Science & Hi-Tech

Arctic sea ice is MELTING from below the surface as warm water from further south travels north

Satellite data (pictured) shows that
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Arctic sea ice is being melted from beneath the surface of the ocean – as well as from above by rising air temperatures, scientists have revealed.

Warm water driven northward by high winds has penetrated deep beneath the Arctic ice sheet, satellite data shows.

Researchers say the ‘archived’ heat – currently trapped below the Arctic – has the potential to melt the region’s entire sea-ice pack should it reach the surface.

It means the Arctic is now being attacked from both sides as rising air temperatures caused by global warming continue to heat its ice sheets from above.

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Satellite data (pictured) shows that ‘archived’ heat is currently trapped below the surface of the Arctic. Warm water driven northward by high winds has penetrated deep beneath the Arctic ice sheet

Study lead author Professor Mary-Louise Timmermans, of Yale University said: ‘We document a striking ocean warming in one of the main basins of the interior Arctic Ocean, the Canadian Basin.’

Professor Timmermans said the upper ocean in the Canadian Basin has seen a two-fold increase in heat content over the past 30 years.

The researchers traced the source to waters hundreds of miles to the south, where reduced sea ice has left the surface ocean more exposed to summer solar warming.

In turn, Arctic winds are driving the warm water north, below the surface waters.

Professor Timmermans added: ‘This means the effects of sea-ice loss are not limited to the ice-free regions themselves, but also lead to increased heat accumulation in the interior of the Arctic Ocean that can have climate effects well beyond the summer season.

‘Presently this heat is trapped below the surface layer. Should it be mixed up to the surface, there is enough heat to entirely melt the sea-ice pack that covers this region for most of the year.’

Decreasing sea ice is a rising concern for conservationists and environmentalists around the world. 

The increased melting as a result of global warming is causing sea levels to rise, which is threatening and jeopardising coastal communities of plants, animals and humans around the world.  

Decreasing sea ice is a rising concern for conservationists and environmentalists around the world. The increased melting as a result of global warming is causing sea levels to rise, which is threatening and jeopardising coastal communities of plants, animals and humans (stock)

Decreasing sea ice is a rising concern for conservationists and environmentalists around the world. The increased melting as a result of global warming is causing sea levels to rise, which is threatening and jeopardising coastal communities of plants, animals and humans (stock)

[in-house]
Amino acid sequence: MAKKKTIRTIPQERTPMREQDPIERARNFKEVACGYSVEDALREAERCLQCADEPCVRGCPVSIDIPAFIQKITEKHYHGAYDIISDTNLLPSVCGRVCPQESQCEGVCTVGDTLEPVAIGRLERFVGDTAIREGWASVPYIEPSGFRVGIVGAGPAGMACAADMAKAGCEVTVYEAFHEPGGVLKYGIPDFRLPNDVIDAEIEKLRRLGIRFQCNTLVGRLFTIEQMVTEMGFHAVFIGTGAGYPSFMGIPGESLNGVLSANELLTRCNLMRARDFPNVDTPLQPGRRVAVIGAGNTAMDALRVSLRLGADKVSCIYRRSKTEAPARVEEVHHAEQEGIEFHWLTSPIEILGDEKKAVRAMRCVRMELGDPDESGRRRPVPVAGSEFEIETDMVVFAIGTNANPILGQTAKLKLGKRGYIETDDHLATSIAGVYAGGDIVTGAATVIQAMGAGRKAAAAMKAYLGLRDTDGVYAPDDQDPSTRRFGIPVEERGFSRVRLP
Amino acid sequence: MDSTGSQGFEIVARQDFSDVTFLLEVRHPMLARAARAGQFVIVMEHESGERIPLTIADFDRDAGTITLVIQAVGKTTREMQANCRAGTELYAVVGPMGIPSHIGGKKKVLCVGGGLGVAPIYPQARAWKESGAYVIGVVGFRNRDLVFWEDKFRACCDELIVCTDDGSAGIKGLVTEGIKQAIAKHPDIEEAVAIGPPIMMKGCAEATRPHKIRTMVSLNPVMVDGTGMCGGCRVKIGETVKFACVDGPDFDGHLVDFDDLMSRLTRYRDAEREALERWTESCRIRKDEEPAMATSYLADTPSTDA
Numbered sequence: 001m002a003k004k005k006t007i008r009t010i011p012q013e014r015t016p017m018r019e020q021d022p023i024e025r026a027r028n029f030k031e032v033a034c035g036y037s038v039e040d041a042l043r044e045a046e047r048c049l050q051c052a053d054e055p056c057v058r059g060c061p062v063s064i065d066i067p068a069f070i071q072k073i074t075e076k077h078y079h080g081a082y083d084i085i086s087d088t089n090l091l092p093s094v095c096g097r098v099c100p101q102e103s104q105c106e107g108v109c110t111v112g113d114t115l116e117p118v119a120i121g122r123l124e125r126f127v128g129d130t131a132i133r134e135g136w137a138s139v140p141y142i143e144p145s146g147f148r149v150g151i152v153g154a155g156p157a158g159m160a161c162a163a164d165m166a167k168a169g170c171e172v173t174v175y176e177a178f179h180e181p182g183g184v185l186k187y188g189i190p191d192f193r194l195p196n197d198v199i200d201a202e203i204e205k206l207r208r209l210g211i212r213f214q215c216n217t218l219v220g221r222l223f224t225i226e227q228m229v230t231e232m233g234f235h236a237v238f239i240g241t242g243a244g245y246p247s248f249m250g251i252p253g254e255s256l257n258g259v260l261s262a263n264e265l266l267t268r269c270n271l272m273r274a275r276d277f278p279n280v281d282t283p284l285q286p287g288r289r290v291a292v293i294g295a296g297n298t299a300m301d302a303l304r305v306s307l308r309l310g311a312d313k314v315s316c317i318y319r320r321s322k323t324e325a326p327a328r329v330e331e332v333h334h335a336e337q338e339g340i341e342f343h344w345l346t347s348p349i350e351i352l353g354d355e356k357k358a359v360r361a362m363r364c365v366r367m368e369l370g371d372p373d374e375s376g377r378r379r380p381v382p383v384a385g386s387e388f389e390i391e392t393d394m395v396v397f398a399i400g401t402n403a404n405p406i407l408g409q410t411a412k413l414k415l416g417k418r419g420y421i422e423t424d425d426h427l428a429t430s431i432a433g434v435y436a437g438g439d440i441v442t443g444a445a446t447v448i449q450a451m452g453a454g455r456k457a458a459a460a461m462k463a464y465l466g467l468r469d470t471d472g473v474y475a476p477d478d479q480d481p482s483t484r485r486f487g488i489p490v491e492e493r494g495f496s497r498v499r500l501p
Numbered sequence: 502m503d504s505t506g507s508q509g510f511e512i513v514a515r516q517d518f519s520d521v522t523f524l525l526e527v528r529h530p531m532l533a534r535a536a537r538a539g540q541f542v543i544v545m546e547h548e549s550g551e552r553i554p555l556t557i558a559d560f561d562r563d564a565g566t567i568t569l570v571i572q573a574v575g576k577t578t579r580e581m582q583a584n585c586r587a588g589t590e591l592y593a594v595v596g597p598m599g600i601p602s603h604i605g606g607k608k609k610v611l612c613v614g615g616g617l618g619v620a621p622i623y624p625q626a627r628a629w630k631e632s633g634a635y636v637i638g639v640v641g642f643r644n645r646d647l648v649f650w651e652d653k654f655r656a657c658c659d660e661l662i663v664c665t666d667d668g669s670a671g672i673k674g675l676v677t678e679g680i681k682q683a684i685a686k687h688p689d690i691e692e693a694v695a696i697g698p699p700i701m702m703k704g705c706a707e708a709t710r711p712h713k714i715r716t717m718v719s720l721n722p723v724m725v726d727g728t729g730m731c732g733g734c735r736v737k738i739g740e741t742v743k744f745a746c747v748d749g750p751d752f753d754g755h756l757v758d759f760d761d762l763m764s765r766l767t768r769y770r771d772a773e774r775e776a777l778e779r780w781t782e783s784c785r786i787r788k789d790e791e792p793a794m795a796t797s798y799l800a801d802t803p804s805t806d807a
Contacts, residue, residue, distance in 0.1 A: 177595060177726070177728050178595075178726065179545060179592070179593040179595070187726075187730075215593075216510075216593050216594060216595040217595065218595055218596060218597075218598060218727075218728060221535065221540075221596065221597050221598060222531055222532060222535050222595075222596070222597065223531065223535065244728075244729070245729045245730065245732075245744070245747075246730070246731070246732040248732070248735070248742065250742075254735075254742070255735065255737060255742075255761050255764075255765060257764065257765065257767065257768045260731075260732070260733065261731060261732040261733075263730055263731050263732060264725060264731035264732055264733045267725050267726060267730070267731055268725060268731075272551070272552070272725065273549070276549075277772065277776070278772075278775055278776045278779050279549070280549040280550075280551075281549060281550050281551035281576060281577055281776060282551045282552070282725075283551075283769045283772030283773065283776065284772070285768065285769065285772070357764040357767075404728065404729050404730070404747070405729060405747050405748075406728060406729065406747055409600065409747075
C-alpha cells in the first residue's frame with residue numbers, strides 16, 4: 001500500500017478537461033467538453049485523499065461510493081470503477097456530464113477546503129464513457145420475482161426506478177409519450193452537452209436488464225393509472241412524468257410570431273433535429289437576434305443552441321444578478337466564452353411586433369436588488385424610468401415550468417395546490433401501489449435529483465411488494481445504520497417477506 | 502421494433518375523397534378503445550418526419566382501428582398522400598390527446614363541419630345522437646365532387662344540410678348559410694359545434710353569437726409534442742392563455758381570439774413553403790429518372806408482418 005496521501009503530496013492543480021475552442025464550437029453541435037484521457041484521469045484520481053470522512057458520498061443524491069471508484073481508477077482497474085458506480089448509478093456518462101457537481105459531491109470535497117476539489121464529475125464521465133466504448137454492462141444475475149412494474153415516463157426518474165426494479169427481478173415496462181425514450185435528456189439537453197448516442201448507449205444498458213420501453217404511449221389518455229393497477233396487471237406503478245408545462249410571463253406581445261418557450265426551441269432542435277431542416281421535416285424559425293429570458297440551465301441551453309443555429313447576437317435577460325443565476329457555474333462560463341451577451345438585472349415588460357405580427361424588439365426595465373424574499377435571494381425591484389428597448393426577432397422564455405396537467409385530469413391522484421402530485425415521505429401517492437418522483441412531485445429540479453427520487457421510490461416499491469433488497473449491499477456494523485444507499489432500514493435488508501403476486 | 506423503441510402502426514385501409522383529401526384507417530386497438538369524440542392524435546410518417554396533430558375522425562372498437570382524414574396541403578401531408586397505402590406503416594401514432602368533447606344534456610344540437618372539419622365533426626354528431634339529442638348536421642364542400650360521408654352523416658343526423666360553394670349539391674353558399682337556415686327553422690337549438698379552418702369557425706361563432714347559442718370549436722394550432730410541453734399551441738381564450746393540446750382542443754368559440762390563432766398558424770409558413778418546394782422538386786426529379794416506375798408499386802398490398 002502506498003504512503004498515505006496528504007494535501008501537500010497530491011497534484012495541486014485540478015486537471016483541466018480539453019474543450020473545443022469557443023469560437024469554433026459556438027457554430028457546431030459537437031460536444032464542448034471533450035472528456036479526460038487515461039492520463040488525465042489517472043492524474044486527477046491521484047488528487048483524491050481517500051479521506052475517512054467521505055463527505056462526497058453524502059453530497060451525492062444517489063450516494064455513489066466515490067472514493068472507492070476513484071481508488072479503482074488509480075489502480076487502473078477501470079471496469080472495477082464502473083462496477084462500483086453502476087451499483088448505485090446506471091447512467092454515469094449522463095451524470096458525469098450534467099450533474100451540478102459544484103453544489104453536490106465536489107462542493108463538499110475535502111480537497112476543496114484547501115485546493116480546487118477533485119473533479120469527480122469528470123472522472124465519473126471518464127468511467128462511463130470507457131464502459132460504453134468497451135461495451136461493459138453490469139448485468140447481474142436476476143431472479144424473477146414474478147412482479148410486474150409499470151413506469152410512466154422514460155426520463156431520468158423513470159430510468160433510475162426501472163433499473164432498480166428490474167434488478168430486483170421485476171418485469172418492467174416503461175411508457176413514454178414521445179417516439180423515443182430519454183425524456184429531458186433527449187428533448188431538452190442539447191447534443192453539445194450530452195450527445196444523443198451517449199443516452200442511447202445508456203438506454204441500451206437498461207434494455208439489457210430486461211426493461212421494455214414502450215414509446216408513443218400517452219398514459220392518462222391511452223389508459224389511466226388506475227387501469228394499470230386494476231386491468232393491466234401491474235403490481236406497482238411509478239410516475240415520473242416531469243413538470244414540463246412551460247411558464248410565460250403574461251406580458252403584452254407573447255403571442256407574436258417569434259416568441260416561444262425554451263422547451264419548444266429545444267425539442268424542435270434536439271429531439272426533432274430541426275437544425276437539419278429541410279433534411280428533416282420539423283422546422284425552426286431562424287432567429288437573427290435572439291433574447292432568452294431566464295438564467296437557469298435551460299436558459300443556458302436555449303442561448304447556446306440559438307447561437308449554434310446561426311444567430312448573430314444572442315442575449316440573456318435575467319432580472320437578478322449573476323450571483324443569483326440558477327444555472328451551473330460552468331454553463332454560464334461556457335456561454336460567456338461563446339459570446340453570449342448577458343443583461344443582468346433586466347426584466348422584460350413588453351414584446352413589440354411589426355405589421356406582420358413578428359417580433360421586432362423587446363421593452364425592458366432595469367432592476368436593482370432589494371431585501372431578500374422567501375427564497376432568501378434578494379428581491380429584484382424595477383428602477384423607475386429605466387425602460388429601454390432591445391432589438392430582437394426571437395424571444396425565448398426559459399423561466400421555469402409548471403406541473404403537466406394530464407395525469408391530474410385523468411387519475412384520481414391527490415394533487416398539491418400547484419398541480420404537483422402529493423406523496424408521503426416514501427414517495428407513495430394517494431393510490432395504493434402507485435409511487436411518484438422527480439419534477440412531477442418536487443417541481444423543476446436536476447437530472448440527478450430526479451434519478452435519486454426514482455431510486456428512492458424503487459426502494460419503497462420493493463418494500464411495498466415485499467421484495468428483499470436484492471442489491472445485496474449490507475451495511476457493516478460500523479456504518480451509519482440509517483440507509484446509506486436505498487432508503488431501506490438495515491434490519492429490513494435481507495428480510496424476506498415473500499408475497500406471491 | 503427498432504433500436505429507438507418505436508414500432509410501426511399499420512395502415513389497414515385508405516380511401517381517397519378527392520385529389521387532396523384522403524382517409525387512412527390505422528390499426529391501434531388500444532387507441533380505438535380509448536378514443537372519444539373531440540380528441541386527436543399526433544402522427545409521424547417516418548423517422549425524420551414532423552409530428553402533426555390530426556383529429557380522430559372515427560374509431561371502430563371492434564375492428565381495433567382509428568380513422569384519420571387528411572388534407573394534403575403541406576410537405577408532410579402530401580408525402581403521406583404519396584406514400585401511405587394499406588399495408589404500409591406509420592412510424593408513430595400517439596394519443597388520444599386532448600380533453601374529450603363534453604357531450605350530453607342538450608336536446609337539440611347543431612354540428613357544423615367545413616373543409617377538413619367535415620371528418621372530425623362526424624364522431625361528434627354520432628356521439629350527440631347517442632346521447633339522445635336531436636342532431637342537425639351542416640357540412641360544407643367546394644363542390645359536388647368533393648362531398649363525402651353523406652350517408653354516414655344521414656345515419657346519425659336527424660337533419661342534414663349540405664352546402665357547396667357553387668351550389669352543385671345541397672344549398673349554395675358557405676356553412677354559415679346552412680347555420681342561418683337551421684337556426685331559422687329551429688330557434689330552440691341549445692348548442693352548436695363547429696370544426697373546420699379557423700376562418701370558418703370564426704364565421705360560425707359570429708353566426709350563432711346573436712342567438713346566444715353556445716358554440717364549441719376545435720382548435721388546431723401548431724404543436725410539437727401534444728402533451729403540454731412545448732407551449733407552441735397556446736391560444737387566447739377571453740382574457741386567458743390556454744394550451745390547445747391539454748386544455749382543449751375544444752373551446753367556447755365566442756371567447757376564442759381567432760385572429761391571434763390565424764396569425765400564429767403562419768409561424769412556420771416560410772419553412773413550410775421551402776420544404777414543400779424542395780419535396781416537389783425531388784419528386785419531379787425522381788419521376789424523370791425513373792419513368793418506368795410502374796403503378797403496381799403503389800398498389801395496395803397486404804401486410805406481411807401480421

Greenland’s vast ice sheets are experiencing a similar fate. 

The nation is is currently losing around 260 billion tonnes of ice to the ocean every year – and that figure is increasing.

Now, scientists have discovered a new threat to the stability of the ice sheet – a series of temporary lakes that are draining in a ‘chain reaction’.

This is causing freshwater and heat to be carried to the bottom of the ice sheet making it unstable.

Researchers are worried that a collapse of the ice sheet from this draining chain reaction could happen sooner than expected, driving up sea levels.

The findings were published in the journal Science Advances.

WHAT ARE THE EFFECTS OF LOWER SEA ICE LEVELS?

The amount of Arctic sea ice peaks around March as winter comes to a close.

NASA recently announced that the maximum amount of sea ice this year was low, following three other record-low measurements taken in 2015, 2016 and 2017.

This can lead to a number of negative effects that impact climate, weather patterns, plant and animal life and indigenous human communities.

The amount of sea ice in the Arctic is declining, and this has dangerous consequences, NASA says

The amount of sea ice in the Arctic is declining, and this has dangerous consequences, NASA says

Additionally, the disappearing ice can alter shipping routes and affect coastal erosion and ocean circulation.

NASA researcher Claire Parkinson said: ‘The Arctic sea ice cover continues to be in a decreasing trend and this is connected to the ongoing warming of the Arctic.

‘It’s a two-way street: the warming means less ice is going to form and more ice is going to melt, but, also, because there’s less ice, less of the sun’s incident solar radiation is reflected off, and this contributes to the warming.’ 


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